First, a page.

We hope that with our current issue, even if on a small scale, we contribute to the acceptance of rainbow families, and manage to give inspiration, encouragement and support to the many thousands of readers who share the same values with us. The slogan of our cover page sums up our message beautifully: Born From Love, because families, regardless of their structure, are rooted in deep, unconditional love. Join the conversation by using the hashtag #BornFromLove to campaign for all forms of love and family across the country!

In the featured article written by Elle Hungary Editor-in-Chief Vivien Mádai that accompanies the cover, the couple discussed the division of parental roles, and candidly about discrimination they’ve faced in Hungary, particularly as they welcomed their infant daughter into the world.

PinkNewsUK noted that while a same-sex couple featured on a British or U.S.-based magazine would seem innocuous, in Hungary, it marks a landmark step for positive queer representation in the media.

On Instagram, the magazine’s comment section has been flooded with people celebrating the cover.

This past April, Hungarian President Katalin Novak vetoed a legislation that included a provision for citizens to anonymously report on same-sex couples who are raising children. In a rare departure from the policies of Orbán whom she generally supports, Novak returned the bill to Parliament telling lawmakers to strike that provision.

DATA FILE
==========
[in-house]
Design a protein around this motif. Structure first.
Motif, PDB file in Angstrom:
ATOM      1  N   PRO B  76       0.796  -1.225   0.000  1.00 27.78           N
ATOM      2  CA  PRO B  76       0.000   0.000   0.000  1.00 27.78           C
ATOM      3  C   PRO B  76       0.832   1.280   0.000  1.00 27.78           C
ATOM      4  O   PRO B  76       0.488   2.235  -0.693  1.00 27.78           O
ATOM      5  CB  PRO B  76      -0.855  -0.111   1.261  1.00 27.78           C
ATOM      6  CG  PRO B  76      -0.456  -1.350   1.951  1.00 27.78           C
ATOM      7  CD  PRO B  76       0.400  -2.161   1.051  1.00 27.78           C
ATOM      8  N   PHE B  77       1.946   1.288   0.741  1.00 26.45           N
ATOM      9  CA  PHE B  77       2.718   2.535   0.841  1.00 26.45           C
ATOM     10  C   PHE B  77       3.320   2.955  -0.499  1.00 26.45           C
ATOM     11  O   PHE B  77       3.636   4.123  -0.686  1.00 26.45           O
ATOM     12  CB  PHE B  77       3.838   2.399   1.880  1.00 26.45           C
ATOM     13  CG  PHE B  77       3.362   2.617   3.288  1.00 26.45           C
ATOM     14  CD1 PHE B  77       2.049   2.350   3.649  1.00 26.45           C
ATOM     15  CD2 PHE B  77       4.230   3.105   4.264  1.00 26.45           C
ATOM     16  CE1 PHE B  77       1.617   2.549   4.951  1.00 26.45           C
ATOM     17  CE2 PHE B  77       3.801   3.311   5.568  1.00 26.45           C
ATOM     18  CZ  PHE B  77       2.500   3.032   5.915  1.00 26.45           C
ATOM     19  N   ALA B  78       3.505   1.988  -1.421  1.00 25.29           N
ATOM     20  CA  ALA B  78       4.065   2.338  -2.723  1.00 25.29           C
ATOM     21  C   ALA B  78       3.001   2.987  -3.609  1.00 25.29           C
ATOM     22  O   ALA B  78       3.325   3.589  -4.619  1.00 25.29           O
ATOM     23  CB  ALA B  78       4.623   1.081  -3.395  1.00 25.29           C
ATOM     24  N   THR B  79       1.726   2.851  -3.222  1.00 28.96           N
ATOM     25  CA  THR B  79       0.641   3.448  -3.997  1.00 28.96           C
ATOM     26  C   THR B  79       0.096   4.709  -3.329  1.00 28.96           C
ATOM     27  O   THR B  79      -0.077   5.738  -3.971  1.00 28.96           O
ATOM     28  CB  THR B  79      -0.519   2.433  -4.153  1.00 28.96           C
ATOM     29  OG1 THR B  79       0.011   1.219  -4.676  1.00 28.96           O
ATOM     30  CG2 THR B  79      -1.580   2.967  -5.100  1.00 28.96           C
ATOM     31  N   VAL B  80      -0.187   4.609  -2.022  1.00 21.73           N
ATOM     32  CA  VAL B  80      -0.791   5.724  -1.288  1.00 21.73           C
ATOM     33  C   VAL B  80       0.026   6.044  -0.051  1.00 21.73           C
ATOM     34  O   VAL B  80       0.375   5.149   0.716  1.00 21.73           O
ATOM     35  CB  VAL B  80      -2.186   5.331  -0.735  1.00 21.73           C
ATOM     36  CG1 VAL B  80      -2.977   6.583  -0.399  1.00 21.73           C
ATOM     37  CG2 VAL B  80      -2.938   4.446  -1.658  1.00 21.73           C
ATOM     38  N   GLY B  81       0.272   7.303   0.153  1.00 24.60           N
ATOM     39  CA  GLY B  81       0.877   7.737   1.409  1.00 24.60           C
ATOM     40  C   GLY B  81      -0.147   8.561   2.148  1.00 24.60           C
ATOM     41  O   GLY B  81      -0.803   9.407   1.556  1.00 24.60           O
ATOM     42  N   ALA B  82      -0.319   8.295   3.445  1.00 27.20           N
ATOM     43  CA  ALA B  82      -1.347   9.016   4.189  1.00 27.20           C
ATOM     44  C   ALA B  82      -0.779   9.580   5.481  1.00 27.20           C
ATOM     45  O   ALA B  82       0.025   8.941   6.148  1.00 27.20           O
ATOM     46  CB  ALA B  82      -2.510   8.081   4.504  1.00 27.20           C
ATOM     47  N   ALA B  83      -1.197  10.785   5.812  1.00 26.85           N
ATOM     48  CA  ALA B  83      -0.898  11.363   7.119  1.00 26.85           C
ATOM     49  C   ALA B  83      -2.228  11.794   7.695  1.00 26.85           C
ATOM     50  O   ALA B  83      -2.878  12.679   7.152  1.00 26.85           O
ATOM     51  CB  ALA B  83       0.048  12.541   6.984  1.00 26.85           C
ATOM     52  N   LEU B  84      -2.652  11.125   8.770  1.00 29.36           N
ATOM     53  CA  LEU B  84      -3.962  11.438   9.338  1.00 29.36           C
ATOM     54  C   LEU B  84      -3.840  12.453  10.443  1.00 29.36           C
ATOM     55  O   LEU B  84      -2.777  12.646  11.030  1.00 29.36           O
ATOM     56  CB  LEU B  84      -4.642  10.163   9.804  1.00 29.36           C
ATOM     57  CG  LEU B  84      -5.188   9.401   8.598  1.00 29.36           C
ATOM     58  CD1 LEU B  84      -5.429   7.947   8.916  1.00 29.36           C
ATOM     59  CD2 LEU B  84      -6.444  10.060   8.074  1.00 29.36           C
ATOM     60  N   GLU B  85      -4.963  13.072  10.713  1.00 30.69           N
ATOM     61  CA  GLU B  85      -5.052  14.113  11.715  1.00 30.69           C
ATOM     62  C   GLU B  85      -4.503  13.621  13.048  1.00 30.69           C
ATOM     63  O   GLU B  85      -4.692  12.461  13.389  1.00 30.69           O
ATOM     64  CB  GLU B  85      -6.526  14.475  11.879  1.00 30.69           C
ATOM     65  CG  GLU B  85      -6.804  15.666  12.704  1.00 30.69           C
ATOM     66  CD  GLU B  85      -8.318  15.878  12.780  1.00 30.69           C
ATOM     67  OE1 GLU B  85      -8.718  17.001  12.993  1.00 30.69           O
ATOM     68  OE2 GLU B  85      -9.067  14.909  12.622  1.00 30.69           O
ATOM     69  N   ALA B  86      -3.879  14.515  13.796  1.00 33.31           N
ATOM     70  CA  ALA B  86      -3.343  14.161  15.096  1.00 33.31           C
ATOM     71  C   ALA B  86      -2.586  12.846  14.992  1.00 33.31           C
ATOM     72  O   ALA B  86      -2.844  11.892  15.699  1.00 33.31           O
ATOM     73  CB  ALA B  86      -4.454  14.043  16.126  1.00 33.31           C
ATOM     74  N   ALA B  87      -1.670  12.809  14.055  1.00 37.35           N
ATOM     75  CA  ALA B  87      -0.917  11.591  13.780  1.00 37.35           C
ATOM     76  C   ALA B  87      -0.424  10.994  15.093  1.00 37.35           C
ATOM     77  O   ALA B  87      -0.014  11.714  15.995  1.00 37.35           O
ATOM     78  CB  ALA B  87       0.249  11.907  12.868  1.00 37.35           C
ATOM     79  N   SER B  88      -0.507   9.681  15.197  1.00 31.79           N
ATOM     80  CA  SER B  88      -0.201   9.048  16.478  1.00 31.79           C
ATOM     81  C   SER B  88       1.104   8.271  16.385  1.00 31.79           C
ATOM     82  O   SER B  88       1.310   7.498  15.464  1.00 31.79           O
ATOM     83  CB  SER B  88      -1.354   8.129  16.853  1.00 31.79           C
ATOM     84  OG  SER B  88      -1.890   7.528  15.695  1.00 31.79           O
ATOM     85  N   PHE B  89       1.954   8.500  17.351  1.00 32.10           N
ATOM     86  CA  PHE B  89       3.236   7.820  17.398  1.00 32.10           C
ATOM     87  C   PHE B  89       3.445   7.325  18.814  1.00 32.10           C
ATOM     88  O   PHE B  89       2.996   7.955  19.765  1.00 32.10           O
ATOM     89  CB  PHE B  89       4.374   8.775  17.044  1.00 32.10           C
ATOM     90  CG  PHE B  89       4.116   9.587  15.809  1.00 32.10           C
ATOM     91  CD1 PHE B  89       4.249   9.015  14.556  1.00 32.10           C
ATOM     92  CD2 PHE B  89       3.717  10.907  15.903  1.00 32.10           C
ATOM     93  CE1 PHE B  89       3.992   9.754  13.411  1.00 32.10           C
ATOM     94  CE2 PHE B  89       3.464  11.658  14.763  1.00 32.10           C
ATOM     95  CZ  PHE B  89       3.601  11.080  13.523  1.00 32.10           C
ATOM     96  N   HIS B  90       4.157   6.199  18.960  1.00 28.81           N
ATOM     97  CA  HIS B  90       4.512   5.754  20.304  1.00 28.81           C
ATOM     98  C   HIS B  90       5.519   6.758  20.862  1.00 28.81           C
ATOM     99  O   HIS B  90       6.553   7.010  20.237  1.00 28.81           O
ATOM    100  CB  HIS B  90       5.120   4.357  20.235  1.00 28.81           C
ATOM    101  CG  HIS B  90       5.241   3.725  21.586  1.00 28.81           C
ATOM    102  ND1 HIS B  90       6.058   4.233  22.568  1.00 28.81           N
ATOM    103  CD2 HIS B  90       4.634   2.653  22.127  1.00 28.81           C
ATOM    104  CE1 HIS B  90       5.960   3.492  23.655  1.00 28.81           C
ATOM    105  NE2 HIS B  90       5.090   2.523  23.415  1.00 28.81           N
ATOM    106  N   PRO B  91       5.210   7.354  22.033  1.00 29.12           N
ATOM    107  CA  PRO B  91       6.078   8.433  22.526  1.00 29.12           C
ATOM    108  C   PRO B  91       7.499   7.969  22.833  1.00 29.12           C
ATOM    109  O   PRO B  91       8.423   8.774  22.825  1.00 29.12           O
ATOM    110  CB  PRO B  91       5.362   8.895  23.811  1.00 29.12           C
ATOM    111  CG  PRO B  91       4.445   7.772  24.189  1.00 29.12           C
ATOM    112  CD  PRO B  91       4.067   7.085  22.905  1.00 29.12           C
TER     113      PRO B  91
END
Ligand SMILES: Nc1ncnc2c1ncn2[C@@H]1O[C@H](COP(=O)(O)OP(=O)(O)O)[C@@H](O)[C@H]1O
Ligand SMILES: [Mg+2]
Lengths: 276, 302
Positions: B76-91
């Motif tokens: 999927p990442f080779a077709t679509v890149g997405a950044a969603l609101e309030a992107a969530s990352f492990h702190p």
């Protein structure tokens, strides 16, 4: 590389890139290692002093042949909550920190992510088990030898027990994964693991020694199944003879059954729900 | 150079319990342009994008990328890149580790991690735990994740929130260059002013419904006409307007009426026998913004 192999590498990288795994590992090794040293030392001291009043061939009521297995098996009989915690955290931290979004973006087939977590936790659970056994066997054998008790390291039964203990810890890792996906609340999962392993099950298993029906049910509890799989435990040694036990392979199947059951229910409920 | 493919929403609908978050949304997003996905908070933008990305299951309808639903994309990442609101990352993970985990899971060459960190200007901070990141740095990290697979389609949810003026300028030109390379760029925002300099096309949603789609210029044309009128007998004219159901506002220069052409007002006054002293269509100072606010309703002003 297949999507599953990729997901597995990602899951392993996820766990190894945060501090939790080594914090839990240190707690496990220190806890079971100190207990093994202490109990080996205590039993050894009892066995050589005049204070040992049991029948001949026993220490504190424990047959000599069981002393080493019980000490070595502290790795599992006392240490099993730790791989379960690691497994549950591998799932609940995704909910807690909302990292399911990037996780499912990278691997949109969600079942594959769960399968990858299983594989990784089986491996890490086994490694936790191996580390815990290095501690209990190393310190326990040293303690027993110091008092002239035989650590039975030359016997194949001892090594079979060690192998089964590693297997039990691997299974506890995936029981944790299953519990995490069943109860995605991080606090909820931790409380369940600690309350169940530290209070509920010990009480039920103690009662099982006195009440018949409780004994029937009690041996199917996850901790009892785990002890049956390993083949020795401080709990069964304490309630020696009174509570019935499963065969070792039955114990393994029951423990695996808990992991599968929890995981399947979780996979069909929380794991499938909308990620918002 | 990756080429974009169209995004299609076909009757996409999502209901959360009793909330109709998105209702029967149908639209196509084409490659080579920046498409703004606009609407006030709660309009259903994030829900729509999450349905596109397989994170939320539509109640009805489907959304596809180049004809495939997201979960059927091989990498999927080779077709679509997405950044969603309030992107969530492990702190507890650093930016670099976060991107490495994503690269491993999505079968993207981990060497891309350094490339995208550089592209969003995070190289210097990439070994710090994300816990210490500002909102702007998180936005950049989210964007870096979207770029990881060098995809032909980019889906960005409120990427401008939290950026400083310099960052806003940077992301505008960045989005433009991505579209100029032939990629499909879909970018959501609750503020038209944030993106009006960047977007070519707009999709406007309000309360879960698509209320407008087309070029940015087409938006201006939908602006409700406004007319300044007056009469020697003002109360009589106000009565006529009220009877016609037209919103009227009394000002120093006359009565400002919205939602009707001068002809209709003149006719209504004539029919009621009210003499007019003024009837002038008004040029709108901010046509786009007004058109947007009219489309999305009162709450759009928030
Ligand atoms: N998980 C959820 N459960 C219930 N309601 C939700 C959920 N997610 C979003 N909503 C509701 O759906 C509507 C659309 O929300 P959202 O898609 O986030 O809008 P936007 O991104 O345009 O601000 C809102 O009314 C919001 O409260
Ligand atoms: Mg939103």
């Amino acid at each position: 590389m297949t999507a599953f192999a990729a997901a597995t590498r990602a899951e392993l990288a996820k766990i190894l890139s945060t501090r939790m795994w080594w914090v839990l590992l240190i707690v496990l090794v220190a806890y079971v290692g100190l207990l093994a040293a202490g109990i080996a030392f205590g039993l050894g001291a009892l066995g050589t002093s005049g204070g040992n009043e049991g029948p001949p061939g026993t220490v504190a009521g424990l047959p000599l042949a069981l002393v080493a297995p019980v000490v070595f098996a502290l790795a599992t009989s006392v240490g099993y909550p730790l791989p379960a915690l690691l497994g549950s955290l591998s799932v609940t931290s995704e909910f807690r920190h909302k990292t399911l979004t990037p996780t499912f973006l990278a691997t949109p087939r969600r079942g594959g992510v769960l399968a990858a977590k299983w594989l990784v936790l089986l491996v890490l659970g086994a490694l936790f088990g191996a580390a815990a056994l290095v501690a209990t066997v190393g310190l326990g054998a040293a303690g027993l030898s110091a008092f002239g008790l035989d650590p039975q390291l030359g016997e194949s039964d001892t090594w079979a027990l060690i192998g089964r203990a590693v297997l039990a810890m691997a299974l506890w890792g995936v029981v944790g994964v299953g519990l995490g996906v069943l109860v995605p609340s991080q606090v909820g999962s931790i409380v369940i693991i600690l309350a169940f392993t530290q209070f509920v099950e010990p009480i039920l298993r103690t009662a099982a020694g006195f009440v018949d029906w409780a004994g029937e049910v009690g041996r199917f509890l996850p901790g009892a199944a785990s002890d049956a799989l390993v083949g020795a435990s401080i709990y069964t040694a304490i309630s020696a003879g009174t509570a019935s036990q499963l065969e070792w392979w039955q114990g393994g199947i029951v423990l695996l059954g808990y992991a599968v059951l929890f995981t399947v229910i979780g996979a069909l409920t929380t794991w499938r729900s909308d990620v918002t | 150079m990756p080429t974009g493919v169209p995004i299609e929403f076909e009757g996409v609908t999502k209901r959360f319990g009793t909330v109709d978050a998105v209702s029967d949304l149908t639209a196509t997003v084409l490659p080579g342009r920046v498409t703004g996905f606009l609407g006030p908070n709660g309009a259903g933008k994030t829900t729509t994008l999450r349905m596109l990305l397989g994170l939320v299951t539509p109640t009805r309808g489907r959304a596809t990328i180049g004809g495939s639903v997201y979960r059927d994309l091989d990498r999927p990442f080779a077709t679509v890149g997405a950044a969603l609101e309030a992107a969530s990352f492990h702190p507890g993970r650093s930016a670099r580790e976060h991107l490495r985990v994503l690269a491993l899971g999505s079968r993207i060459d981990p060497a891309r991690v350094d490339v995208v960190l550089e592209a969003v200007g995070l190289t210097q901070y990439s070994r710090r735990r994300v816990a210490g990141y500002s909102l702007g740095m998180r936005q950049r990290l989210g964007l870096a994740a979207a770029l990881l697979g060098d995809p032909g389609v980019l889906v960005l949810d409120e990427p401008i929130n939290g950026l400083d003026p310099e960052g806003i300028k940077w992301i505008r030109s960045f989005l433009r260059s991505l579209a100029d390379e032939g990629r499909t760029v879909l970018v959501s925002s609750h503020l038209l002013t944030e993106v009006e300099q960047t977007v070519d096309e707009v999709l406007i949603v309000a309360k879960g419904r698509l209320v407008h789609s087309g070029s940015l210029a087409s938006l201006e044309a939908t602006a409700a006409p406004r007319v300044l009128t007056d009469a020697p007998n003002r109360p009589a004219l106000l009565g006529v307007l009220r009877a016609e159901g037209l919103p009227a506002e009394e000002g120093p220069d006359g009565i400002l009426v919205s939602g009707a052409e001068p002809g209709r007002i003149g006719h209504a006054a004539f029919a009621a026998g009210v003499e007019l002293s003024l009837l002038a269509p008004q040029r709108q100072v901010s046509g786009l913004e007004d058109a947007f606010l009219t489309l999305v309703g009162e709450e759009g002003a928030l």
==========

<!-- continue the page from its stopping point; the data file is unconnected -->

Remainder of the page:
The country’s constitution states that the institution of marriage is “between one man and one woman,” and notes that “the mother is a woman, the father a man.”

This law’s passage and Novak’s veto came after the country’s Constitutional Court issued a ruling in February that will continue to block new applications from transgender people for legal gender recognition. The judgment effectively creates two categories of trans people in Hungary: those who applied early enough to pursue gender recognition and those who did not.

A spokesperson for the German government told the media earlier this year that Germany and France joined with other EU member states in the European Commission lawsuit over a Hungarian law which discriminates against people on the basis of their sexual orientation and gender identity.

The move by Elle to feature the gay couple on its cover follows a July incident where Hungary’s second-largest bookstore chain was fined for violating the nation’s 2021 law that limits the access of minors to books, media content and advertisements that “promotes or portrays” the so-called “divergence from self-identity corresponding to sex at birth, sex change or homosexuality.”

The chain was fined for selling copies of British author Alice Oseman’s LGBTQ graphic novel series “Heartstopper,” a global phenomena due to the runaway hit Netflix show based on her books in the series.

The Budapest Metropolitan Government Office fined Lira Konyv bookstore chain for placing the book series in its youth literature section, and for failing to place it in wrapped plastic packaging as required by the 2021 law.

The bookstore chain was fined 12 million forints ($33171.59.)

The French daily afternoon newspaper Le Monde reported that as a result, bookshops have decided that books deemed “sensitive” must be wrapped in plastic or moved them to the adult section, if they have not decided to refrain from selling them altogether.